Jump to ContentJump to Main Navigation
The Culture of SectarianismCommunity, History, and Violence in Nineteenth-Century Ottoman Lebanon$
Users without a subscription are not able to see the full content.

Ussama Makdisi

Print publication date: 2000

Print ISBN-13: 9780520218451

Published to California Scholarship Online: March 2012

DOI: 10.1525/california/9780520218451.001.0001

Show Summary Details
Page of

PRINTED FROM CALIFORNIA SCHOLARSHIP ONLINE (www.california.universitypressscholarship.com). (c) Copyright University of California Press, 2019. All Rights Reserved. An individual user may print out a PDF of a single chapter of a monograph in CALSO for personal use.date: 18 October 2019

The Gentle Crusade

The Gentle Crusade

Chapter:
(p.15) 2 The Gentle Crusade
Source:
The Culture of Sectarianism
Publisher:
University of California Press
DOI:10.1525/california/9780520218451.003.0002

This chapter contrasts European perceptions of Mount Lebanon as a mountainous refuge indomitably holding out against an Islamic despotism with local understandings of Mount Lebanon's rural world. It explains that for the very reasons that the French traveler Nerval identified—the biblical landscape and the stunning beauty of the mountain chain overlooking Beirut, which appeared to be an inviolate sanctuary—Europeans viewed Mount Lebanon as an ideal site for the reformation of the Ottoman Empire. The chapter emphasizes that the cumulative presence on the land of so many Western writers, travelers, missionaries, painters, and poets heralded the dawn of a gentle crusade in Mount Lebanon. It explains that it was gentle in the sense that it was not a military expedition: it sought no territorial gain, it was actively courted by native elites, and it advanced itself primarily through the pen and paintbrush rather than the sword and musket.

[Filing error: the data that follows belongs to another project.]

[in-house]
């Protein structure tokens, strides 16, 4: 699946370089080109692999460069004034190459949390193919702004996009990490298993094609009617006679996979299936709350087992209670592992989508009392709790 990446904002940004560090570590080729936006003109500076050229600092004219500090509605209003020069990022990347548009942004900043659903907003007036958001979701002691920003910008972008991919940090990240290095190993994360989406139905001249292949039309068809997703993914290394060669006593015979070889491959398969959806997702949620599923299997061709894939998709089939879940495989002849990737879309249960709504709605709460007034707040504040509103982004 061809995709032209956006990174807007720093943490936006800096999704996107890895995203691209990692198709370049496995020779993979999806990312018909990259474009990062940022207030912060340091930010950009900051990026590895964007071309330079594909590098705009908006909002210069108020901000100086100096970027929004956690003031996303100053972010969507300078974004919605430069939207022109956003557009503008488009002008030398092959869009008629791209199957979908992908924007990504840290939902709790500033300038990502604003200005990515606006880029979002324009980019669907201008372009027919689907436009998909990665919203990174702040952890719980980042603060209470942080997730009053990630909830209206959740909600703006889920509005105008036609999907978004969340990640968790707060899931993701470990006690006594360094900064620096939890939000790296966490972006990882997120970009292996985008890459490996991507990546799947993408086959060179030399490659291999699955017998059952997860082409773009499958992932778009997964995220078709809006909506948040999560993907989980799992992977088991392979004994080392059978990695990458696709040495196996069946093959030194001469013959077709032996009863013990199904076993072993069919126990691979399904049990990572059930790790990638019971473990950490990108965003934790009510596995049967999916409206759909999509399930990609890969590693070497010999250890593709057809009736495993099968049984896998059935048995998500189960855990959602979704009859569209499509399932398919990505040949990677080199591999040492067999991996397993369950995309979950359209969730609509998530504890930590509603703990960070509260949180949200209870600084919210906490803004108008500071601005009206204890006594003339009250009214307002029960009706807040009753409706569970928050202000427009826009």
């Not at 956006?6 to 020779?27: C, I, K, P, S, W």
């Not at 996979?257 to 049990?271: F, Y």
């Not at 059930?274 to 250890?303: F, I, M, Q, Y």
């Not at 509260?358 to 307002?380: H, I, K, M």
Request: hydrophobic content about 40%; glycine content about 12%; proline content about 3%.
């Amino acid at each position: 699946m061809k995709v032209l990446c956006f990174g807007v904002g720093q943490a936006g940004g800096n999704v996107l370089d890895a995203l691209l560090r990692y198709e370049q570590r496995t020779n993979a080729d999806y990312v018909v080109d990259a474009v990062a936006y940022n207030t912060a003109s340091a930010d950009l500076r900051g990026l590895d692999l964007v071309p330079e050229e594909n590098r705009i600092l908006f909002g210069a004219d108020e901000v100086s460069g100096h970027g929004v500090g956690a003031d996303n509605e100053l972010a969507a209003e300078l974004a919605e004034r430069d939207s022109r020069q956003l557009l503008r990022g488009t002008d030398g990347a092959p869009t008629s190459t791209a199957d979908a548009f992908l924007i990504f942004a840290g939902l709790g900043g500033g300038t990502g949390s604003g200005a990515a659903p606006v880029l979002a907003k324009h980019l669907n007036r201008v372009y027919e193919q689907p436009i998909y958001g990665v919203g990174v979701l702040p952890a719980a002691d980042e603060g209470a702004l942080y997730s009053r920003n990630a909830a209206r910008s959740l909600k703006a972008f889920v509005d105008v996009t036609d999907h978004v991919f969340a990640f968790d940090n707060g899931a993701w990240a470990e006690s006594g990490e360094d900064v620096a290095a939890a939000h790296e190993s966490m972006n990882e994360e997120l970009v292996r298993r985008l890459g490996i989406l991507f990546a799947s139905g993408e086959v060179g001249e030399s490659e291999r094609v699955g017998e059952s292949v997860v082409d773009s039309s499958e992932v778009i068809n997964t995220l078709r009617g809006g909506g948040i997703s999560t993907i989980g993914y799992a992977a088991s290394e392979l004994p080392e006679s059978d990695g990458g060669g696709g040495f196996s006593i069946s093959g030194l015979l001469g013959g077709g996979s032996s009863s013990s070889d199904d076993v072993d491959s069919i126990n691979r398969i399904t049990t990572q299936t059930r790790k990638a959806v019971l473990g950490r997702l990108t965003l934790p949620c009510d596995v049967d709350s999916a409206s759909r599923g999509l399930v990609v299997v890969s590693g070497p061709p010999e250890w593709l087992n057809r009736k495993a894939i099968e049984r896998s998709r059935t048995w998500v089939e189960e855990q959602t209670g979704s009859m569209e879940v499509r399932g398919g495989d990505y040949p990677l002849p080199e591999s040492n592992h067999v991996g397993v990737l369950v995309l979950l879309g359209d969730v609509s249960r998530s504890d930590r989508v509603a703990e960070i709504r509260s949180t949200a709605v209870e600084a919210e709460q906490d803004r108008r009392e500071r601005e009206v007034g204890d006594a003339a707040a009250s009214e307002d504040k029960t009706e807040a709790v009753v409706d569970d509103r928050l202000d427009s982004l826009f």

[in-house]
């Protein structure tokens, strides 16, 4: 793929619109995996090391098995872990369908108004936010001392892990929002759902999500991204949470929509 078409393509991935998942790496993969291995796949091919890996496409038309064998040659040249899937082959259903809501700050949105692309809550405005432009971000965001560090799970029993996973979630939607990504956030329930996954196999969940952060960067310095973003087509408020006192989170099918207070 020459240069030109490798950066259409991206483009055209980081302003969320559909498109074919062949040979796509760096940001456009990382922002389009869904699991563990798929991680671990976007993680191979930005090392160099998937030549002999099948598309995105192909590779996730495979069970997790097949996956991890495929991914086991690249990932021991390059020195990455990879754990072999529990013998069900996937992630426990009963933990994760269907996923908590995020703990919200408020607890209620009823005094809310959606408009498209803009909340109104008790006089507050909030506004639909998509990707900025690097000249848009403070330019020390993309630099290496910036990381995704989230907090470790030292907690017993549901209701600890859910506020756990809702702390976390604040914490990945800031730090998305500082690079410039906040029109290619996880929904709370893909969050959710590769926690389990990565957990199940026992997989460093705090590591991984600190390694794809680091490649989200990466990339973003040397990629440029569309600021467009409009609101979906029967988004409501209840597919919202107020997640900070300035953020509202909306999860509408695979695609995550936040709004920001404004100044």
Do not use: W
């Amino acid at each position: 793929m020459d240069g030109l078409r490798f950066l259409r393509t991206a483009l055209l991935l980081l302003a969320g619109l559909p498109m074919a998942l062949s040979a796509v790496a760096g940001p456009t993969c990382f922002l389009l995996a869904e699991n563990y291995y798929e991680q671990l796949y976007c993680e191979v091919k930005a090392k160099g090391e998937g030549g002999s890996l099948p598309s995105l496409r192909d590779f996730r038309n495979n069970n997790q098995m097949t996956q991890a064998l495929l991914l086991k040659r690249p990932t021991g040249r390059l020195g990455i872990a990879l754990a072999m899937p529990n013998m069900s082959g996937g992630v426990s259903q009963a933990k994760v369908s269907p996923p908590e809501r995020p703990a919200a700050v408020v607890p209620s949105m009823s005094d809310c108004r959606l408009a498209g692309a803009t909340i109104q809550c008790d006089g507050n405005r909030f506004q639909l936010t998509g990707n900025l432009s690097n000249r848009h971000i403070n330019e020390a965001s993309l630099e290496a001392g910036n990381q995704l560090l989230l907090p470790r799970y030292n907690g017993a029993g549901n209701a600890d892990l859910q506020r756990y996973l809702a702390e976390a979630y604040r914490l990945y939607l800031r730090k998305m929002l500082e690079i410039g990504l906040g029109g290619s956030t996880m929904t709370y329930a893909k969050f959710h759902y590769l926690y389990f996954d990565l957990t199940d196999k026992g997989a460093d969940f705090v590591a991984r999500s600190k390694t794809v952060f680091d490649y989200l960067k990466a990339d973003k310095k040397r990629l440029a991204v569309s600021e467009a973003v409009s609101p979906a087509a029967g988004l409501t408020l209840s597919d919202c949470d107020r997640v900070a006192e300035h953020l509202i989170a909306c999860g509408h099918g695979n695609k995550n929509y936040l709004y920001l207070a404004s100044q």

Keywords:   European perceptions, Mount Lebanon, Islamic despotism, French traveler, Nerval, biblical landscape, Beirut, Ottoman Empire

California Scholarship Online requires a subscription or purchase to access the full text of books within the service. Public users can however freely search the site and view the abstracts and keywords for each book and chapter.

Please, subscribe or login to access full text content.

If you think you should have access to this title, please contact your librarian.

To troubleshoot, please check our FAQs, and if you can't find the answer there, please contact us.